It is important to note that the sexual offender registry for all 50 states is reported within the National Criminal Database, usually along with a picture of the offender. How was this record this missed by the US Census Bureau's background check provider? Lack of education for Pre-Adverse/Adverse Action is also mentioned in this article. Prior to making a decision based on the results of a background check, you must allow the applicant time to dispute. Interesting article.
CHARLOTTE, N.C. (FOX 46 CHARLOTTE) - A third member of Congress is now calling for a full investigation into what FOX 46 first uncovered: that the Census Bureau hired a registered child sex offender to manage the Charlotte region.
"Well, I was shocked," said Rep. Alma Adams (D-NC). "I mean I just was, I'm very concerned about it."
Speaking to FOX 46 from Capitol Hill, Adams is demanding answers and accountability.
"Are you calling for a full investigation into what happened and how to prevent it from happening again?," asked FOX 46 investigative reporter Matt Grant.
"Oh absolutely," said Adams. "Absolutely. And several of my colleagues have indicated that they are concerned as well. I don't think we'll know if we don't investigate what really happened. And I think we do need to know because this kind of thing should never happen again."
In March, Charlotte Census manager Kenneth Mabry, who was hired despite being on the North Carolina Sex Offender Registry, was arrested again, accused of molesting a 9-year-old girl.
"He was at many community events. He was at churches, parades," said a current Census employee, who FOX 46 is not identifying because she is not authorized to talk to the media. "They put, potentially, so many people at risk."
Six months before Census hired Mabry last year, the Bureau was warned by the Office of Inspector General that its background check system was "inadequate," "not fully prepared" and told applicants who are "unqualified or unfit may nontheless pass a background check."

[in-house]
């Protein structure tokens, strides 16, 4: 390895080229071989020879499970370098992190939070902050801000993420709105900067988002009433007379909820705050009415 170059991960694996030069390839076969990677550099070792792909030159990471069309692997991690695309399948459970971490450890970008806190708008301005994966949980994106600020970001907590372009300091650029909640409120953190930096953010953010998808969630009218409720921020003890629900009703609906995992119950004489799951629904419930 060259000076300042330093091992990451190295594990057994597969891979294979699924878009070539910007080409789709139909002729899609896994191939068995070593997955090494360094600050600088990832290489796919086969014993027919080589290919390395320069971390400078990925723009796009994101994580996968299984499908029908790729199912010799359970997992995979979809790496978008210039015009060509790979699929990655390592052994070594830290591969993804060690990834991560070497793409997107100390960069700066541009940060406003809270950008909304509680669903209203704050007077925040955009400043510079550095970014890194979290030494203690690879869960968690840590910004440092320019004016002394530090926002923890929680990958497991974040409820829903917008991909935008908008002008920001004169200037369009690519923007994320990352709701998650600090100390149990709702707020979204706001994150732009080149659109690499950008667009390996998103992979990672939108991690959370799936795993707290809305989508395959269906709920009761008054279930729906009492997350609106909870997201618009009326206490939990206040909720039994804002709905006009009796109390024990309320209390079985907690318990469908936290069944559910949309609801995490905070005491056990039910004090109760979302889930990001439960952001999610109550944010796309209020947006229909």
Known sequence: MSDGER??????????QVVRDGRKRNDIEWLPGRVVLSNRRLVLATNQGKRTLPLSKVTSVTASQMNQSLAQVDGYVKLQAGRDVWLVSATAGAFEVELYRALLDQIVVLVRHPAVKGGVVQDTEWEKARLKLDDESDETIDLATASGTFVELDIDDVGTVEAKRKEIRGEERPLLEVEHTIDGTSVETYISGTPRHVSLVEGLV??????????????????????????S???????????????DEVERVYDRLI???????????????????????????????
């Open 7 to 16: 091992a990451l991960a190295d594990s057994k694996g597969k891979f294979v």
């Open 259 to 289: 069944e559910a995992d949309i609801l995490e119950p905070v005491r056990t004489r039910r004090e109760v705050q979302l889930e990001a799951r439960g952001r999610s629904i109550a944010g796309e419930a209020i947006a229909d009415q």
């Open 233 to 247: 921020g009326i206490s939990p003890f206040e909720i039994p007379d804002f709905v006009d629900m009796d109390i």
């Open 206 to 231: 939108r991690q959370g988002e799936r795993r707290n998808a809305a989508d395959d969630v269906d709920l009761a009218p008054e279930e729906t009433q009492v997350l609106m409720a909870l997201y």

"If you get a warning like this," said Adams, "you better heed it."
In 2016, the Bureau's background check system again came into question when the agency paid $15 million to settle a class action lawsuit. The lawsuit accused the agency of discriminating against minority job candidates with criminal histories, alleging applicants were not given enough time to explain their record.
For its part, Census insists its background check system is "rigourous" and says employees are being trained to ensure procedures are followed.
"We need to make sure we clear all of this up so that we can move ahead [with the 2020 Census] without any additional problems," said Adams.
Rep. Adams joins Sen. Thom Tillis (R-NC) and Rep. David Price (D-Raleigh) in calling for an investigation into Mabry's hiring.
The Office of Inspector General has already pledged to look into the matter.
"The Office of Inspector General is evaluating the [Census] Bureau's response to this issue, and we will review those findings with with the Bureu to ensure we do everything possible to prevent this from happening again," said a spokesperson for the Commerce Department, which overseas the Census Bureau. "This remains an ongoing personnel matter."
Census Bureau Statement
Census Bureau officials deny that the 2016 lawsuit had anything to do with a loosening of criminal background check standards. Agency officials say they use arrest records and FBI fingerprinting when screening job candidates.
"We have rigorous hiring procedures and checks in place to catch these issues early on in the hiring process and deal with them in the appropriate manner, and we are training our employees to ensure that these procedures are followed. We take very seriously our obligation to ensure that the people we hire, especially those who visit or personally engage with the public, do not represent a danger to any individual or community." -Michael Cook, Census Bureau Spokesman